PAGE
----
At about 9.15am as the plaintiff was carrying out the said task and “standing in the middle of the ladder, on its third or fourth rung, …the ladder suddenly wobbled”.10 This caused the plaintiff to lose his balance and he fell onto the “concrete ground”.11 As a result of the fall, the plaintiff was injured on his left arm and back. It was not disputed that at the time of the accident, there was nobody holding the ladder.

The plaintiff sued the first defendant and the JV for a breach of their statutory and common law duty of care “in their capacity as employers of the Plaintiff”.12

The plaintiff further sued the JV in their capacity as main contractors and occupiers of the Workplace.

The parties’ cases The plaintiff’s case

It was the plaintiff’s pleaded case that when he was instructed to install the zinc roofing sheets on the scaffold frame, he was “required to use a ladder… leaning against the container as his work platform to carry out the task”.13 In his affidavit, the plaintiff deposed that his supervisor provided him with a ladder to carry out the task.14

He further deposed in his affidavit that “[a]t the time of the accident, there was nobody holding the ladder and nobody on top of the container to receive the zinc roofing sheets.”15 In fact, when it was put to him by counsel for the first defendant, the plaintiff did not deny that no one saw him fall down the ladder.16 He even confirmed that “there was nobody standing nearby [sic] me”.17

Whilst the plaintiff’s Statement of Claim18 was silent as to whether there was anyone at the top of the container to receive the zinc roofing sheets from him, it did state that there was no one “stationed at the foot of the ladder to prevent the ladder from slipping”.19

The plaintiff claimed to be standing on the third or fourth rung of the ladder when he fell.20 In his Statement of Claim, it was stated that he fell from a height of 1.8 metres. Consequently, he sustained injuries which included intervertebral disc bulges and elbow and wrist contusions with their attendant pain and disabilities.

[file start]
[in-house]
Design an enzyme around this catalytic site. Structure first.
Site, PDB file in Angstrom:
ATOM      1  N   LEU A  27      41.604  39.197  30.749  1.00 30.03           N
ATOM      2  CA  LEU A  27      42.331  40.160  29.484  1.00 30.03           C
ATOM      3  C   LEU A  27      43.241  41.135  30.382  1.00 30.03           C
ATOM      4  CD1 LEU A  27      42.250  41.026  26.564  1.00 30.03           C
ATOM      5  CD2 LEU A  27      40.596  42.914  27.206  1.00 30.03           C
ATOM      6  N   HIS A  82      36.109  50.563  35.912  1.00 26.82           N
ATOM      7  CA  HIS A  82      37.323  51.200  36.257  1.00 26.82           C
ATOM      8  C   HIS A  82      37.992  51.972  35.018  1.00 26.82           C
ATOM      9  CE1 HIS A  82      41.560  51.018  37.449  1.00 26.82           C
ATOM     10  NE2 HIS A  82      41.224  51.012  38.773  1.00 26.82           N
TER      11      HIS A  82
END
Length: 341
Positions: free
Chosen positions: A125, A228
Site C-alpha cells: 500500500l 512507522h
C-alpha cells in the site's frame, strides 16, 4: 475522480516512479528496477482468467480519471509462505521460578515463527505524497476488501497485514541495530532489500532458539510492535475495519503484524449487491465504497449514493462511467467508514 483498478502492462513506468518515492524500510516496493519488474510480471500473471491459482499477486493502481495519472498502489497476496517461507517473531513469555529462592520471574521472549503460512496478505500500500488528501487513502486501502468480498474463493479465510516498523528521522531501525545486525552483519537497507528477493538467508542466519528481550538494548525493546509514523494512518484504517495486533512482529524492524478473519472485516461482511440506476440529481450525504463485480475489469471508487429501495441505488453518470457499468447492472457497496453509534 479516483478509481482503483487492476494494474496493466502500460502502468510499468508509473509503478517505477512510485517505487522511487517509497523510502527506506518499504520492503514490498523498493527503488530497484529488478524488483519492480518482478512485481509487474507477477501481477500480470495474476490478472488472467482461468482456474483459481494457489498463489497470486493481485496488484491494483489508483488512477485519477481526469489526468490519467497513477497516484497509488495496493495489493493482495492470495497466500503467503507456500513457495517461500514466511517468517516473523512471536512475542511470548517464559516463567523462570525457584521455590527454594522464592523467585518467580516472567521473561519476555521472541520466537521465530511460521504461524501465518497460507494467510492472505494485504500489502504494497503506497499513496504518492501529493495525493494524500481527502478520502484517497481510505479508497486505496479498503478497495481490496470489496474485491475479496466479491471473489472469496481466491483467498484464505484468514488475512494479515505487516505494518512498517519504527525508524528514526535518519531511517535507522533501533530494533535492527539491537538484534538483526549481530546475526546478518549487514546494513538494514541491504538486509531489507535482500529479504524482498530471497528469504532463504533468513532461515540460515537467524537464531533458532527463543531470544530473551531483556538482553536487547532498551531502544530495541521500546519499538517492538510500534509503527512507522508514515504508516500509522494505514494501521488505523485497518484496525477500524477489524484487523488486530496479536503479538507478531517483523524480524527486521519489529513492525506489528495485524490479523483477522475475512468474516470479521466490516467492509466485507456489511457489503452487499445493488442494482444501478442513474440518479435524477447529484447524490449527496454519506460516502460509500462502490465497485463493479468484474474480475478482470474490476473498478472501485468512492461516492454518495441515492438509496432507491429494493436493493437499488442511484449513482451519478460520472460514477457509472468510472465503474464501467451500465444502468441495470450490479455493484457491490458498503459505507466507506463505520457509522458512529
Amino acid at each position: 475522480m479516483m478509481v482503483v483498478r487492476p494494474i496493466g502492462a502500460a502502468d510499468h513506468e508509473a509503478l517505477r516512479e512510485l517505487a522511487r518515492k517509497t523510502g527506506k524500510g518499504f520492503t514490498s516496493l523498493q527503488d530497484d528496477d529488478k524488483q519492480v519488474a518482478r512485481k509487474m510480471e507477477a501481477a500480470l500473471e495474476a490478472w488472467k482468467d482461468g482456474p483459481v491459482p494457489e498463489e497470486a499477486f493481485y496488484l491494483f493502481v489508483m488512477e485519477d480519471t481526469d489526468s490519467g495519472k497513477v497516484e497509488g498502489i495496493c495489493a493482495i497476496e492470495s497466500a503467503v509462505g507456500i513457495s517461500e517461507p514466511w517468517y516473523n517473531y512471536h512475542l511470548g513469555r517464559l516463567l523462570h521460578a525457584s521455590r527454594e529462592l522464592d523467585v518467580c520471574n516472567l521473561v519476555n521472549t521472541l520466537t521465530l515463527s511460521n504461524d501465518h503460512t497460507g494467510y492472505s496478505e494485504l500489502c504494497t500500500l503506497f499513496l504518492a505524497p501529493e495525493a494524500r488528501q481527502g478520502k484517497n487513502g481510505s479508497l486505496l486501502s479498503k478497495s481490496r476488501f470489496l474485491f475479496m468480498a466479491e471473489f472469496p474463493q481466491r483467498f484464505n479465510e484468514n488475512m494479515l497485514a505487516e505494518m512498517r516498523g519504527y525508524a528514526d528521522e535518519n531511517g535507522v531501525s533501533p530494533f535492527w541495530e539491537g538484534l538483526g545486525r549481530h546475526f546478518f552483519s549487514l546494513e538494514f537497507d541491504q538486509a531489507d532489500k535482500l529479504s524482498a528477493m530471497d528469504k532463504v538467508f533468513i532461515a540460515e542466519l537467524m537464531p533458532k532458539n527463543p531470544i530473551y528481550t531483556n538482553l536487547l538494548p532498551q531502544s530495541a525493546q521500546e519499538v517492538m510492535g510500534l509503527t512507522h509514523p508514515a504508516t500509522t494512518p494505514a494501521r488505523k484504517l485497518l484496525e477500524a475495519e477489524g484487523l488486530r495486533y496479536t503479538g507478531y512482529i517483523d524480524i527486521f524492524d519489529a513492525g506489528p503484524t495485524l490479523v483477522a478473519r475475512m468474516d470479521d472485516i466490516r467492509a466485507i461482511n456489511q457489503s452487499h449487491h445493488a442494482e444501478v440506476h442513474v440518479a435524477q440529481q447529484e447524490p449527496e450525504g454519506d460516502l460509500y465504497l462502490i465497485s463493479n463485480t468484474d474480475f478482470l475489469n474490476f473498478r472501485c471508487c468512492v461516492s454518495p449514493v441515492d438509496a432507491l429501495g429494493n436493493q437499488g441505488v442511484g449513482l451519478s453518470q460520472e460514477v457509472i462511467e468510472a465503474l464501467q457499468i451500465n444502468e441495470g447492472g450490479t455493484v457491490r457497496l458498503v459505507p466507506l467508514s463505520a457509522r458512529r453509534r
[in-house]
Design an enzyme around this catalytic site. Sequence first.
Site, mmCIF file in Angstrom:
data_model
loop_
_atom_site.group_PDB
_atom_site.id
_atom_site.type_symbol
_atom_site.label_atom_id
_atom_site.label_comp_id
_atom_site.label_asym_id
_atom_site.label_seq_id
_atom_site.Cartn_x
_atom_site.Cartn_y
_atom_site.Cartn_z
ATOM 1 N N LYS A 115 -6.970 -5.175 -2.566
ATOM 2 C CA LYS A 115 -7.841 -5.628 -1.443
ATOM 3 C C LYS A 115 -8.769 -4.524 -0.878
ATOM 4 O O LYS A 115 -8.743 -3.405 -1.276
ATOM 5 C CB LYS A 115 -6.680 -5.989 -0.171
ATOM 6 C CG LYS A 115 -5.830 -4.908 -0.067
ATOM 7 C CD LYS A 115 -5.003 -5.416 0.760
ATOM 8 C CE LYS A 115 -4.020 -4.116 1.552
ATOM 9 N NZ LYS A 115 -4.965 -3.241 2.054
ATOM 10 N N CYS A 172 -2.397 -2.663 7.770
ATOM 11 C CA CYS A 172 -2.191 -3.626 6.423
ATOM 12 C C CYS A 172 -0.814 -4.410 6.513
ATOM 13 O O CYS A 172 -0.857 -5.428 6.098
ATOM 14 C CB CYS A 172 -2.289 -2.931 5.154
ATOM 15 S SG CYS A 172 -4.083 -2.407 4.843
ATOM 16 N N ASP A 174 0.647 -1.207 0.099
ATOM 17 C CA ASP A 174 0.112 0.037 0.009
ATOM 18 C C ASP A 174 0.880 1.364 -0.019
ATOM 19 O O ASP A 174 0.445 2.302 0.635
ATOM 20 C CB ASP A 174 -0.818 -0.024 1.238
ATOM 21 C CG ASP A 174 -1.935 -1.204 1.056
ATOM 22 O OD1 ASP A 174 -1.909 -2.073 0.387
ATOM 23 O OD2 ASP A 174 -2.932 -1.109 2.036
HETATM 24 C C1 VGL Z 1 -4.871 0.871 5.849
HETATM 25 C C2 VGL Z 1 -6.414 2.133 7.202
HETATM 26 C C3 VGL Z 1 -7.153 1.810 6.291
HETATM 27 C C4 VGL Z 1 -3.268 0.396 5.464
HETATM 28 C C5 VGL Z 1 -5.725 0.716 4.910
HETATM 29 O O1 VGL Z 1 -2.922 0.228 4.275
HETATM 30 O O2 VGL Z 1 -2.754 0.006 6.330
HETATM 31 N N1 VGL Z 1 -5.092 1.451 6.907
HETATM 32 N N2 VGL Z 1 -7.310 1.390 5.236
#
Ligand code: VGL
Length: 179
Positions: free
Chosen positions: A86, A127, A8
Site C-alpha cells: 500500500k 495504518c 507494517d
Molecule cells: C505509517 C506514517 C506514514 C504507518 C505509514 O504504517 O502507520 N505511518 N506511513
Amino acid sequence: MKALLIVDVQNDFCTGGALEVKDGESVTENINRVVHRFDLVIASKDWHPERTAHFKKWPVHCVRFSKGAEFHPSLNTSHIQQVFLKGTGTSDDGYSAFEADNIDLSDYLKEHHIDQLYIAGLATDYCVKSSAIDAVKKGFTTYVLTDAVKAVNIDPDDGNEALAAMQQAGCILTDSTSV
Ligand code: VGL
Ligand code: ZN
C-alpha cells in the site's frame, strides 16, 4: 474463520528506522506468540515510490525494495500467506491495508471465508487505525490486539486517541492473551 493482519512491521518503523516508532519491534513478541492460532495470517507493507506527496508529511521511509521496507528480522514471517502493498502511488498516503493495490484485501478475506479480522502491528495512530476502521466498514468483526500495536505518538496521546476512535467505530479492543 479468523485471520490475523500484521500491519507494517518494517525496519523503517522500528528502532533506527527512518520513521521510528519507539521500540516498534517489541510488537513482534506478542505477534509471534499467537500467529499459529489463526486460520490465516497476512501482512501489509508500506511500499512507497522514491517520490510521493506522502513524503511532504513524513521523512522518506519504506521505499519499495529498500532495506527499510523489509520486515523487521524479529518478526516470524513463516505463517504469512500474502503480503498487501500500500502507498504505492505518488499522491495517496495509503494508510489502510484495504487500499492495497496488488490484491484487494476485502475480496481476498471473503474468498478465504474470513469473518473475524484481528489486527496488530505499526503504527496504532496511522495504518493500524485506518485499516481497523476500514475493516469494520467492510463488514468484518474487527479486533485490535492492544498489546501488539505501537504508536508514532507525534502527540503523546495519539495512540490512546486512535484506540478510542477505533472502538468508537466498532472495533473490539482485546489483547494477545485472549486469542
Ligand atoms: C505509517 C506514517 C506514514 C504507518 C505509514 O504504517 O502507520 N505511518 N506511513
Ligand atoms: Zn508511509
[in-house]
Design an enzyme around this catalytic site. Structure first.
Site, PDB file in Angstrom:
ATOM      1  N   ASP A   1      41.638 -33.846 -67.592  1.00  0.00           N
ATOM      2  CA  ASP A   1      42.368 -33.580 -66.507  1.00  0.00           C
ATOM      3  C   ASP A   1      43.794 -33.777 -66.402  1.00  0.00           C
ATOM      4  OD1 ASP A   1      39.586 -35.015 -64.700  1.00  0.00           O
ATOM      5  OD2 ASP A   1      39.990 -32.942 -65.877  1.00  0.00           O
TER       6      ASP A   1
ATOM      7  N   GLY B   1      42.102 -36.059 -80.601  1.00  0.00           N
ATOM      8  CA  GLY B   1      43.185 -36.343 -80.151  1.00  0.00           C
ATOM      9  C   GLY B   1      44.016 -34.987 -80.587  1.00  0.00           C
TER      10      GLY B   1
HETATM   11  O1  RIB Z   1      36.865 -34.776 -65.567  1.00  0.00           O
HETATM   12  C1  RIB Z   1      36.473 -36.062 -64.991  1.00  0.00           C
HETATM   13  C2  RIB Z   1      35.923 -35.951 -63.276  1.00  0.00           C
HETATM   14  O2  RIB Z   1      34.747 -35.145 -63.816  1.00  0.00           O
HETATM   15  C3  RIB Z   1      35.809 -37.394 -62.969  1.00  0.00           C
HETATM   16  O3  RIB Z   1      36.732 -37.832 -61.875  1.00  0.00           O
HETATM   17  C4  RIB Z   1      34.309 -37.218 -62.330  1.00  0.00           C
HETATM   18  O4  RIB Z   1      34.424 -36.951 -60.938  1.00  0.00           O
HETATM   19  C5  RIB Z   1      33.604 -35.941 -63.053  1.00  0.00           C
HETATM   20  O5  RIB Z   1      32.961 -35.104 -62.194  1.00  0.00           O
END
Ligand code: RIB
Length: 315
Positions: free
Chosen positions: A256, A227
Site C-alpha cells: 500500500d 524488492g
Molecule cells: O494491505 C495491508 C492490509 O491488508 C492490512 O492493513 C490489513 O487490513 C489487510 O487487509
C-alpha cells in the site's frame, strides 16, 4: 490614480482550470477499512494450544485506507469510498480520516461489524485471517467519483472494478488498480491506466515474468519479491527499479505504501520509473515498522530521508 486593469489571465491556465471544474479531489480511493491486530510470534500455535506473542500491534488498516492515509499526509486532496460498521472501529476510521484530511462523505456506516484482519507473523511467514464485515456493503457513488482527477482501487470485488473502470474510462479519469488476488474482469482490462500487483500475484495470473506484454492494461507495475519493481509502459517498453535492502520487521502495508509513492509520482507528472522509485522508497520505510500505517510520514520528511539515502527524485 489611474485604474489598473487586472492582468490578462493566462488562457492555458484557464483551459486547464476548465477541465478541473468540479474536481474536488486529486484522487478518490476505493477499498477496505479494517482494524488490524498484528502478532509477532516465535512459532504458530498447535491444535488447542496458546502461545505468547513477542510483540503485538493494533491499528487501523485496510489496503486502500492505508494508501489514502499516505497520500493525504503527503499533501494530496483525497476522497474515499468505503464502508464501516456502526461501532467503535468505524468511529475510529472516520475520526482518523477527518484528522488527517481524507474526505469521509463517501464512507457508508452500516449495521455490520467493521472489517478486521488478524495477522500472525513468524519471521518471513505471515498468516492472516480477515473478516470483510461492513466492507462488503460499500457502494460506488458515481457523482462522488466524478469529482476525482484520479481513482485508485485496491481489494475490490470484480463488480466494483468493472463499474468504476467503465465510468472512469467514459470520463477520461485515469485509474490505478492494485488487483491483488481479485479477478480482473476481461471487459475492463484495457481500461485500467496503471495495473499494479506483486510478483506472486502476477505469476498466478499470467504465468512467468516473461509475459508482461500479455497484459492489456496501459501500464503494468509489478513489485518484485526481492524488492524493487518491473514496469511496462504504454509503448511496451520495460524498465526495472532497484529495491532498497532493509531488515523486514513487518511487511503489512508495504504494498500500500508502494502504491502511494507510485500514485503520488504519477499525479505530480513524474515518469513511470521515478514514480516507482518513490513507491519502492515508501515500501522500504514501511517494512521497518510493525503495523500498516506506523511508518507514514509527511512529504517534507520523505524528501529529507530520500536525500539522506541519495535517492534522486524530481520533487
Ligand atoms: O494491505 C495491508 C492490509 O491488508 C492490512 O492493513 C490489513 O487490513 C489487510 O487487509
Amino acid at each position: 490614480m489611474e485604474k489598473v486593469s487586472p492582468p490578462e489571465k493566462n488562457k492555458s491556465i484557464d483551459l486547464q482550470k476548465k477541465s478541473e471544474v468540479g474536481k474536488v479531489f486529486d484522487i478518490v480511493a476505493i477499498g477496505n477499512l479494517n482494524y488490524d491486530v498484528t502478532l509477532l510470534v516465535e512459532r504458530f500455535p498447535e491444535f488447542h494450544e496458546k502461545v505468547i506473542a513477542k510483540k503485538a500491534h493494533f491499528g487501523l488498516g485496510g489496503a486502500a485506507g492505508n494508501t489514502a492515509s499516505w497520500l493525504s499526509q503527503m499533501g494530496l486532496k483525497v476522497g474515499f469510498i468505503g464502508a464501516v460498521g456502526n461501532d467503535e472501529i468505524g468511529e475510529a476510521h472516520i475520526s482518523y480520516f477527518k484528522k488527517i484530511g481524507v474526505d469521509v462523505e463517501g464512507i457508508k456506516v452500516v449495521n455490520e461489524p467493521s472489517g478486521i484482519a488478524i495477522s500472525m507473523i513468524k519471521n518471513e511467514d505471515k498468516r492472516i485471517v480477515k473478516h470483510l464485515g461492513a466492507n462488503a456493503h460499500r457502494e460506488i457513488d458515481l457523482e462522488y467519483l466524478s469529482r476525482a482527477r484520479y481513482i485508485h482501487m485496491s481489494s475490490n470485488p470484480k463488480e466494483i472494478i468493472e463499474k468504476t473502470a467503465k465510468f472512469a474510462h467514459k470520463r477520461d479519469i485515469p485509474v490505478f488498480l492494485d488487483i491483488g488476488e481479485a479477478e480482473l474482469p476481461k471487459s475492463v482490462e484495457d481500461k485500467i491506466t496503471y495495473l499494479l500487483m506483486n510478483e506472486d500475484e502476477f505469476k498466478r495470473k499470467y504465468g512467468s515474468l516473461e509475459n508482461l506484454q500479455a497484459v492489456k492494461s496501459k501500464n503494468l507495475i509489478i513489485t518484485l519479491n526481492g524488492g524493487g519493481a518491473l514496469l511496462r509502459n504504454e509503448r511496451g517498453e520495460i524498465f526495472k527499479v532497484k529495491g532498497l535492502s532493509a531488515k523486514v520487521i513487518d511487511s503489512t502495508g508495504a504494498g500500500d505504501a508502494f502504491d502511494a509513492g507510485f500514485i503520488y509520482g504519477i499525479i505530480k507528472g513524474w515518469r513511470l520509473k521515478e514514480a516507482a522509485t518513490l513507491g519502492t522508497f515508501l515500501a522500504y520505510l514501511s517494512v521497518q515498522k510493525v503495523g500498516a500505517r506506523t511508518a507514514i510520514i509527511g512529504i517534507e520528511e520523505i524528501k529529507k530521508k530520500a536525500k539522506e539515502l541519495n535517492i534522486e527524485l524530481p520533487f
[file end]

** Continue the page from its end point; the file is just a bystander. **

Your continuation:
The plaintiff sued the first defendant and the JV for negligence and for their breaching the statutory safety requirements provided in the Workplace Safety and Health Act (Cap 354A, 2009 Rev Ed) (“WSHA”) and its subsidiary legislation.

Further and/or in the alternative, the plaintiff sued the JV “as the main contractors and occupiers of the [Workplace] in failing to take any or any reasonable care to remedy any unsafe work systems or practices… which they knew or ought to know in relation to the breaches…”.21

The first defendant’s case

It was the first defendant’s case that its supervisor, Mr Sukhjiwan Singh instructed both the plaintiff and his co-worker, Mr Raman Danabal, to install the zinc roofing sheets on the scaffold frames.22 They were therefore to work together.

Further, despite what the plaintiff averred, the first defendant raised the defence that there was no requirement and no instruction to the plaintiff “to use a ladder as a “work platform” to carry out the task”.23 The first defendant explained why:24

… each roofing sheet can be held up by a worker while standing on the concrete ground surface, and lifted up to and received by another co-worker standing on the container roof, because each zinc roofing sheet measured 5 metres in length and far exceeded the height of the container of 2.57 metres…